It comes two years after the school joined the Evolution Academy Trust in 2015 and three years after its previous Ofsted visit, in which it was also judged good – at the time a significant leap from inadequate.

Inspectors praised headteacher Allan Lowe’s “supportive leadership”, which they said had contributed significantly towards raising standards.

“He is ambitious for pupils and has successfully created a culture of raising pupils’ achievement that is shared by all staff,” they said.

There was praise for the “effective” care for children with complex needs, broad curriculum and quality of teaching.

Mr Lowe said since converting to an academy, the school had focused on “building an outstanding team of professionals”.

“The key for me as headteacher has been investment in people,” he said. “We are constantly looking at ways to develop staff to reach their potential.

“Training is a priority and teachers receive regular feedback from leaders on how to be their very best in the classroom. Everyone has bought into a culture of high standards.”

He said they also focused on inspiring children with an exciting curriculum, which includes trips every half-term and events related to learning subjects.

“We have come a long way since the school was in special measures,” he added. “Parents have seen the improvements, spread the word and we have now filled the 40 empty places that we had when I started at the school.”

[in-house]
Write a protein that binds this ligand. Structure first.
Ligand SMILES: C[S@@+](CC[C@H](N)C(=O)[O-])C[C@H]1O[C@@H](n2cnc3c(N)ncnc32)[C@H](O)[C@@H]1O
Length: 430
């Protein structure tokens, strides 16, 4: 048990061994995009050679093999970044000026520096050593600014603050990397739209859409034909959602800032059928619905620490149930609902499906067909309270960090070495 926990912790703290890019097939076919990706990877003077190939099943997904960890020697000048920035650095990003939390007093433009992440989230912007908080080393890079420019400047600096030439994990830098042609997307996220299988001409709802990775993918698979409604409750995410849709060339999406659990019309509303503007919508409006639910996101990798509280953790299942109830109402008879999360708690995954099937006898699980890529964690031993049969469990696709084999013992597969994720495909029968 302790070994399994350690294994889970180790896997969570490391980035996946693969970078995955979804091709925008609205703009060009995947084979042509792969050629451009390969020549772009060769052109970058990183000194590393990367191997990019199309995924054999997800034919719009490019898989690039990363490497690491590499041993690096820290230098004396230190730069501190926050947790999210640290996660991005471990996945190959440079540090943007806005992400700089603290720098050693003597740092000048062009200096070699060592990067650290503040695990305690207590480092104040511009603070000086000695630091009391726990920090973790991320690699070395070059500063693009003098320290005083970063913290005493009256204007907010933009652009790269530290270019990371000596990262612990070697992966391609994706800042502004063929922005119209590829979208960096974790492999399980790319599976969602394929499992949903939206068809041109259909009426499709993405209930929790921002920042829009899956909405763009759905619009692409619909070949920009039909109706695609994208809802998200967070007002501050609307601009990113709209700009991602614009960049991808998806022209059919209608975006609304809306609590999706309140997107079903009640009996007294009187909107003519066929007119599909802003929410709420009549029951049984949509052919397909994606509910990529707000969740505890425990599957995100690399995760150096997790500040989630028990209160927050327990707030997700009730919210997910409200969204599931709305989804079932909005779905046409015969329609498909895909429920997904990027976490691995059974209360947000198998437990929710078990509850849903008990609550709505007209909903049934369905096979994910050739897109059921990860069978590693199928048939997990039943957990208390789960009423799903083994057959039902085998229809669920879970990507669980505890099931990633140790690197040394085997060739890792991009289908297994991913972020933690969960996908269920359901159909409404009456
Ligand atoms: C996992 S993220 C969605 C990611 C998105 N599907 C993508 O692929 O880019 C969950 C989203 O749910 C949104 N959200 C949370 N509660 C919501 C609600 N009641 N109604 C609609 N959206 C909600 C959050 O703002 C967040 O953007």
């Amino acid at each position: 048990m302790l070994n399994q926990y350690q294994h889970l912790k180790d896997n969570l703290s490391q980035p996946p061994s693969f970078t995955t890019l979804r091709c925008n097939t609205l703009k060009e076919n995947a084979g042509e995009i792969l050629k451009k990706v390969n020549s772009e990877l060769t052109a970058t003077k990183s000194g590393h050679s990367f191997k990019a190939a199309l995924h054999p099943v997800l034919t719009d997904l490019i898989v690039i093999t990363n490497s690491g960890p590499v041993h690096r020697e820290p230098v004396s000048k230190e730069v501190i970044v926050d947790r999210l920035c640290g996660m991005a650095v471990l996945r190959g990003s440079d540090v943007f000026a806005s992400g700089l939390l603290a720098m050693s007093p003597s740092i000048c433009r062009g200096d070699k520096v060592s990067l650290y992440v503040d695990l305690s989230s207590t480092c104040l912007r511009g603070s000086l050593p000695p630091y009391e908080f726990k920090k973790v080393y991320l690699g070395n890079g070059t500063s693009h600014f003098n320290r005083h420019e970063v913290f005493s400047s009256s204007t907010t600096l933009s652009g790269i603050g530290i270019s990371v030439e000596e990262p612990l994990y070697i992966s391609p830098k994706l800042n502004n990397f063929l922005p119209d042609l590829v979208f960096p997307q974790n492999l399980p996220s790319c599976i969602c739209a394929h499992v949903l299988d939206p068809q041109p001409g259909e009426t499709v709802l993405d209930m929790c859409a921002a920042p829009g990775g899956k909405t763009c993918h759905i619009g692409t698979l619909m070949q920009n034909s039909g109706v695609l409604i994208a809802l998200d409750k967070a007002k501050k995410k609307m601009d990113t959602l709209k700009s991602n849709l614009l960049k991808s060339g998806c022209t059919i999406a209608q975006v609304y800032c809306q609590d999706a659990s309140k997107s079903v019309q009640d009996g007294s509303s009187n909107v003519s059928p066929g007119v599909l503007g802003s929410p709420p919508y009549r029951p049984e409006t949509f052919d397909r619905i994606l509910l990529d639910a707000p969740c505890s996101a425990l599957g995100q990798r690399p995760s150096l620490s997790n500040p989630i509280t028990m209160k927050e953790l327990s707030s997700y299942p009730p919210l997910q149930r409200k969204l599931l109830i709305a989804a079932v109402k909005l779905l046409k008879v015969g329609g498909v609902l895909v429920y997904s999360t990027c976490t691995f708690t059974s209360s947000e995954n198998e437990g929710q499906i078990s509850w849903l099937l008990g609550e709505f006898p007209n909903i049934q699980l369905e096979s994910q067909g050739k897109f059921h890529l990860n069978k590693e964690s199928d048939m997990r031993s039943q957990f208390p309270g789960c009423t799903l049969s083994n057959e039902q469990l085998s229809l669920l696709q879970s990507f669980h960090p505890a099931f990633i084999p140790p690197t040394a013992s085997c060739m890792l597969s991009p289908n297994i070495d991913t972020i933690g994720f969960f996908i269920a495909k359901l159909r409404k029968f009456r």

He said, going forward, they would continue to improve writing across the school and support subject leaders.

Tony Hull, Chief Executive of the Evolution Academy Trust, said the school had moved from a borderline good to the upper end of the band.

“There has been a lot of hard work by everyone involved with the school over the last two years and it shows in this report,” he said.

Ofsted Inspection at Wensum Junior

Joy for Norwich Junior School which jumped from special measures to good in four years

Wensum Junior School headteacher Victoria McConnell, centre back, with pupils celebrating their good Ofsted report. Picture: Wensum Junior

A Norwich Junior School is celebrating a remarkable turnaround, having climbed out of special measures and secured a glowing watchdog report.

In February 2014, Wensum Junior School was told it was inadequate across the board, and put into special measures by Ofsted.

But, four years on, the school has been told it has shaken off the label – and is now good, the watchdog’s second highest rating.

Inspectors praised “inspirational” headteacher Victoria McConnell, who they said, with her team, had created an “inclusive, caring school” which sees “pupils and staff valued and thrive in their work”.

They noted the “rich, innovative curriculum that fires pupils’ imagination”, and how pupils work in an “industrious, good-humoured way”.

Ms McConnell, who started at the school in 2015, said the result was testament to team work.

“It has been a massive turnaround but it’s because everyone pulled together and worked together,” she said. “That’s families, staff and children – you can’t do something like this single-handedly.”

The school’s 2014 Ofsted report was followed by a turbulent few months, with a string of changes in senior leadership.

But it was taken over by the Evolution Academy Trust in 2015, which is based at Costessey Junior School.

Focusing on the latest report, Ms McConnell said the team took particular pride in the praise given to its curriculum.

Youngsters at the school take ownership of their learning, she said, with a focus on picking up skills that can be transferred into the classroom.

For example, they spend a term working as a scientist, or an artist, or geographer.